Other Disability-Related Legislation

There are other federal and state laws that, like Section 504, were enacted to protect students with disabilities from discrimination and establish guidelines for the provision of services designed to meet the needs of students with disabilities. The table below summarizes the legal citations and references for the major federal and state laws that set forth the obligations of school districts and postsecondary institutions in serving the needs of students with disabilities.



Federal Laws

State Law

Section 504


IDEA 2004


Current Law

PL 93-516

PL 101-336

PL 108-446

s. 1000.05, F.S.

Legal Citations

29 U.S.C.
Chapter 794

42 U.S.C. Chapter 12131

20 U.S.C. Chapter 33, 1400ed.seq


Implementing Regulations

34 CFR Part 104

28 CFR Part 35

34 CFR Part 300 & 301 (August 2006)

Chapter 6A-19 F.A.C.

Because the lines of demarcation between these laws and Section 504 are not always evident, it is important to understand the interdependence and uniqueness of each when serving students with disabilities. A brief summary of the other major laws impacting students with disabilities follows.

Individuals with Disabilities Education Act

The Individuals with Disabilities Education Act (IDEA) was initially enacted in 1975 as the Education for All Handicapped Children Act (Public Law 94-142). IDEA requires public schools to provide a FAPE (i.e., specially designed instruction and related services designed to meet unique needs) to all eligible children with disabilities in the least restrictive environment. FAPE is documented on an individual educational plan (IEP) designed to meet the unique needs of each student with a disability. IDEA was most recently reauthorized in 2004 as the Individuals with Disabilities Education Act (IDEA 2004). IDEA 2004 moved the emphasis from educational access to improved educational outcomes for students with disabilities.

In contrast to the other disability laws summarized in this module, IDEA is an entitlement that provides federal financial assistance to states and districts for the provision of special education and related services to qualifying students. The United States Department of Education, Office of Special Education Programs and the Florida Department of Education (FDOE), K–12 Schools, Bureau of Exceptional Education and Student Services provide compliance oversight for IDEA in Florida.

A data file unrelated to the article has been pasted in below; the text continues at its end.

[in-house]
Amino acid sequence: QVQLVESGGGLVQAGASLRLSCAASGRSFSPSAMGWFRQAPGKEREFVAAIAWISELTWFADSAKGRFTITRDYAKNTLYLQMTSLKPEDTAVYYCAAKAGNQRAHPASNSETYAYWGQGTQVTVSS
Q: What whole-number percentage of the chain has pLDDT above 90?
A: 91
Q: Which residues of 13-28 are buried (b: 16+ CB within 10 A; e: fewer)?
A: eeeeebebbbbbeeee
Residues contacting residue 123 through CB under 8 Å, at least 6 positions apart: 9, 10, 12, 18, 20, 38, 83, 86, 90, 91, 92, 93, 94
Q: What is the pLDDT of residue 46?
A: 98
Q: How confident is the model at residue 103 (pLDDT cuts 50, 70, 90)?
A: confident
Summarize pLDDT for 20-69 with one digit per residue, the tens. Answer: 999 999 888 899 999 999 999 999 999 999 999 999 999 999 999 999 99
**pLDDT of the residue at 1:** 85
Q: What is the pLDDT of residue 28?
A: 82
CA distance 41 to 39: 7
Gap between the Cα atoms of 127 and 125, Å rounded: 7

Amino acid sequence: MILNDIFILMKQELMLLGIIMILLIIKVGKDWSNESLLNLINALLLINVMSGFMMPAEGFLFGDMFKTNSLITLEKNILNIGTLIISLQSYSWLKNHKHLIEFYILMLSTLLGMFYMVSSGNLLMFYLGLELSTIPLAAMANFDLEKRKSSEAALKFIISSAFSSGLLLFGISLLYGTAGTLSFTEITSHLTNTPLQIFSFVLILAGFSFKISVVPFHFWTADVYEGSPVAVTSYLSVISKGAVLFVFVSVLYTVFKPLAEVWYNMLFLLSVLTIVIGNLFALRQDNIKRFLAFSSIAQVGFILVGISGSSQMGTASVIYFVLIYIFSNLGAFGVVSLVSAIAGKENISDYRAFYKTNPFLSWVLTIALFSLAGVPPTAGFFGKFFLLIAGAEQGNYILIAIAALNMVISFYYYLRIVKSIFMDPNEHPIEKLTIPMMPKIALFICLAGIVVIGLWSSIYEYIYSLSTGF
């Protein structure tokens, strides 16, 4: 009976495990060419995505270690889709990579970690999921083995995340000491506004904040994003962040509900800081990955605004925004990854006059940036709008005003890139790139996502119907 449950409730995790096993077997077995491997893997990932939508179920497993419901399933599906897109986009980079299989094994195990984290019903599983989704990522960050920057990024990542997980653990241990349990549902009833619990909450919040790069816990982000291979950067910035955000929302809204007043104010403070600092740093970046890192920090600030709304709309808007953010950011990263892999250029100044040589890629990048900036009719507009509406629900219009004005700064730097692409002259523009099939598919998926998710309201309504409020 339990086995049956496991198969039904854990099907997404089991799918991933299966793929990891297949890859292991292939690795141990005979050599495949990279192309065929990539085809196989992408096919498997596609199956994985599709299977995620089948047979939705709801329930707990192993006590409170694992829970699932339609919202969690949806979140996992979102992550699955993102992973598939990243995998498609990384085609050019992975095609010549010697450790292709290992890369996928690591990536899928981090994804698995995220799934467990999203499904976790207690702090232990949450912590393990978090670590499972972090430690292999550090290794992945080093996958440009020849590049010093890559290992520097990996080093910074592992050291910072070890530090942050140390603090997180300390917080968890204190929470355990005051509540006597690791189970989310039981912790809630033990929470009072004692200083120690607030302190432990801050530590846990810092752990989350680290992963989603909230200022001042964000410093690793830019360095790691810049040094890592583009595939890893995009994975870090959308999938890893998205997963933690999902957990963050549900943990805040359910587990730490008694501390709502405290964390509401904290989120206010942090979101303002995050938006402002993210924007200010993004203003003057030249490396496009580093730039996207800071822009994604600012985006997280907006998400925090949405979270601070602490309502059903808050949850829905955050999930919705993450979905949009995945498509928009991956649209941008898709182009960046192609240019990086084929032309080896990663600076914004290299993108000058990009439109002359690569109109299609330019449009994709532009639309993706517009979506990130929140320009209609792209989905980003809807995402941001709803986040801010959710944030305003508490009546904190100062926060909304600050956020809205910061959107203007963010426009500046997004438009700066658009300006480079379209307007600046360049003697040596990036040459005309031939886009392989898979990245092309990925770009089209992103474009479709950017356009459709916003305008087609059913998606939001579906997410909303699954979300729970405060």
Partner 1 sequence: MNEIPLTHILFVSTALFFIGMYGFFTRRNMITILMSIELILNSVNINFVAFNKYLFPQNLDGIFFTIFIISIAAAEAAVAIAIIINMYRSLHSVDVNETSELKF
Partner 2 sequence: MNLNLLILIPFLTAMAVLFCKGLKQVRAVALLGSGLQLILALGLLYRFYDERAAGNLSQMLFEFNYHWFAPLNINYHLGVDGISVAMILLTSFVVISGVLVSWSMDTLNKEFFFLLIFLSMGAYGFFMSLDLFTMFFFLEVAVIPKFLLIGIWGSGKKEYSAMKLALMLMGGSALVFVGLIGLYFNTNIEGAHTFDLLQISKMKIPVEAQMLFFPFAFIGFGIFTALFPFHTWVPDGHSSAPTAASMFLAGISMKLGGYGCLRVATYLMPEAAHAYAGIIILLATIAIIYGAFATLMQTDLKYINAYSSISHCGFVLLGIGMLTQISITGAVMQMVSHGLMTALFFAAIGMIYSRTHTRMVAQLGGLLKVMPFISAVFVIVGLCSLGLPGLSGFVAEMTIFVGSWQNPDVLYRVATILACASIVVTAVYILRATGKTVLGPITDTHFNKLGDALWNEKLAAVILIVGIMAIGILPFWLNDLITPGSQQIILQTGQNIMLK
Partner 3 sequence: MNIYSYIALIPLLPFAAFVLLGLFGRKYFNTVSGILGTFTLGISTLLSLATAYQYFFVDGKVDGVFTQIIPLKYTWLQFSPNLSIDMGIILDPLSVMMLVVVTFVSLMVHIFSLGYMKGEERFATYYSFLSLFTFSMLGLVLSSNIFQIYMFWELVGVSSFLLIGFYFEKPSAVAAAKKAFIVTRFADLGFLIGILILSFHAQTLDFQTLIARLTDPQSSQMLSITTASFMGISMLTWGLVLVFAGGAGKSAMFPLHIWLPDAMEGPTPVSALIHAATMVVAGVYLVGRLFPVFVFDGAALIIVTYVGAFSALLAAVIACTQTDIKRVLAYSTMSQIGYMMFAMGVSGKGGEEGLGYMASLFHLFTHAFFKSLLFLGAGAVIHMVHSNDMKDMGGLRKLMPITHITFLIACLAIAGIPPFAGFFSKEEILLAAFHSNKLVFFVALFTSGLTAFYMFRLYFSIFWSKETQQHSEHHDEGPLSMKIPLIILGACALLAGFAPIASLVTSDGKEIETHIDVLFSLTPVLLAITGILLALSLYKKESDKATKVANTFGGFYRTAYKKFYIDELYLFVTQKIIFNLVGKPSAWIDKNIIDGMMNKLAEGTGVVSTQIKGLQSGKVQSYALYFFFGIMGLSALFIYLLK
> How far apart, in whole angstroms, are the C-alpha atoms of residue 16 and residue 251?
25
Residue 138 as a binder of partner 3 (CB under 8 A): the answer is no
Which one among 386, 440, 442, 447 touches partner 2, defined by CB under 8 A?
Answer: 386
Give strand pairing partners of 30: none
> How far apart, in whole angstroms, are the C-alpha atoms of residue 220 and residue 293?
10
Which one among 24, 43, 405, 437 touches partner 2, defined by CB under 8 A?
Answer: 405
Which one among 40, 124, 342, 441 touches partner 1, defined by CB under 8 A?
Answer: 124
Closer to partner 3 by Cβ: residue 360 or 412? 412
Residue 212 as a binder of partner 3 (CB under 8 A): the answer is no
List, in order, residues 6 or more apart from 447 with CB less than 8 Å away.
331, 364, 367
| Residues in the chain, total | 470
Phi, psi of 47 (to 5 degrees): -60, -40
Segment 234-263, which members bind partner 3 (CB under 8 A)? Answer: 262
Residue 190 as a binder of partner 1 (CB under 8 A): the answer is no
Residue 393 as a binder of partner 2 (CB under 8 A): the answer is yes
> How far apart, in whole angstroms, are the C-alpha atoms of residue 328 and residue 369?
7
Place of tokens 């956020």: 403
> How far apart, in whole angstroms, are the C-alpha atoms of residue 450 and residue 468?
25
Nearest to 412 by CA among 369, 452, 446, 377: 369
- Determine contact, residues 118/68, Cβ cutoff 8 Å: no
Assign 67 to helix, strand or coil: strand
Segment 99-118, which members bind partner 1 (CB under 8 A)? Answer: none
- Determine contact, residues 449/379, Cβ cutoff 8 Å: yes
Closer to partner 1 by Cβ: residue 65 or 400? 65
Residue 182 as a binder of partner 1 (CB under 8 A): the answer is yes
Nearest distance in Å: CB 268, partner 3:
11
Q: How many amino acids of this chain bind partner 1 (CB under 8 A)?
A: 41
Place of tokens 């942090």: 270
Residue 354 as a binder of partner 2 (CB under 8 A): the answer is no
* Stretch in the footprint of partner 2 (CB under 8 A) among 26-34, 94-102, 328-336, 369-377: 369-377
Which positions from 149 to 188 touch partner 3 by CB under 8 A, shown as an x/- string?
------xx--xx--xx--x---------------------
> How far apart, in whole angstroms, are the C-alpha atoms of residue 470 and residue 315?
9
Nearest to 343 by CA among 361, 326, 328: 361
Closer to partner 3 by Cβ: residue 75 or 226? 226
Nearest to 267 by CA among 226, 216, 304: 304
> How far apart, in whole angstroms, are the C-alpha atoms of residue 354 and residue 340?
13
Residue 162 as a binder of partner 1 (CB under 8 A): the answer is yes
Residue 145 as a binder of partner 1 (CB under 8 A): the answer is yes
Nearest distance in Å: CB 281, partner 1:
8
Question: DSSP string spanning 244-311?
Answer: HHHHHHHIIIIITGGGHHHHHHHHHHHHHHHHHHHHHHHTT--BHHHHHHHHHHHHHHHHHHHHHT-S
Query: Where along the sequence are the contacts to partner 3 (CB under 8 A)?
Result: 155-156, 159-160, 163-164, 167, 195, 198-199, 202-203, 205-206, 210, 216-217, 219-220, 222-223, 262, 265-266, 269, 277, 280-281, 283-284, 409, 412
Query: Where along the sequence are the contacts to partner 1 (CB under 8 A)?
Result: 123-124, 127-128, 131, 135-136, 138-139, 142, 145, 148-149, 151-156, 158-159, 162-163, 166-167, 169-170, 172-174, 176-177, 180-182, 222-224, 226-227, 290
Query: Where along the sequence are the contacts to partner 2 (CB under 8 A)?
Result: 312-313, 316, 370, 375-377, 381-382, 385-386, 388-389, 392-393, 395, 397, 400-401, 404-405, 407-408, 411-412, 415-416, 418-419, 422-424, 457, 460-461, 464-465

In many ways, the requirements of IDEA and Section 504 are similar. Both focus on children, require a FAPE, are documented in a plan (IEP for IDEA or 504 plan for Section 504), and provide procedural safeguards. However, IDEA is an entitlement that has different standards for evaluation, eligibility, and services. IDEA offers a higher level of protection while Section 504 offers broader coverage. Technically, any student who qualifies for an IEP is protected under Section 504 but does not need a separate 504 plan as the provision of an IEP is one way to meet the requirements of Section 504 (34 CFR §104.33(b)(2).

Americans with Disabilities Act Amendments Act of 2008

The Americans with Disabilities Act (ADA) prohibits discrimination against individuals with disabilities and extends this prohibition to the full range of state and local government services, programs, or activities regardless of whether they receive federal assistance. The Americans with Disabilities Act Amendments Act of 2008 (ADAAA) revised the ADA to broaden the definition of “disability” to allow for broader coverage, expand the list of major life activities to include major bodily functions, lower the standard for a “substantial limitation,” and introduced a new mitigating measures rule. The changes made to ADAAA apply to public school students under Section 504 and significantly change Section 504 eligibility determinations.

The OCR is responsible for resolving complaints alleging noncompliance with the ADA. OCR has provided guidance on the impact of the ADAAA on public schools in the Q&A document Questions and Answers on the ADA Amendments Act of 2008 for Students with Disabilities Attending Public Elementary and Secondary Schools.

Florida Educational Equity Act

The Florida Educational Equity Act (FEEA) mirrors many of the protections provided in Section 504 and ADA. FEEA prohibits discrimination against students and employees in the K–20 public education system on the basis of race, ethnicity, national origin, gender, disability, or marital status. It specifies that no person shall be excluded from participation in, be denied the benefits of, or be subjected to discrimination under any K–20 public education program or activity (section 1000.05, Florida Statutes (F.S.)). The definition of disability is the same as defined in Section 504 and ADA. The implementing rules for this statute are found in Chapter 6A-19, Florida Administrative Code (F.A.C.).

FDOE’s Office of Equal Educational Opportunity provides compliance monitoring and technical assistance for FEEA.

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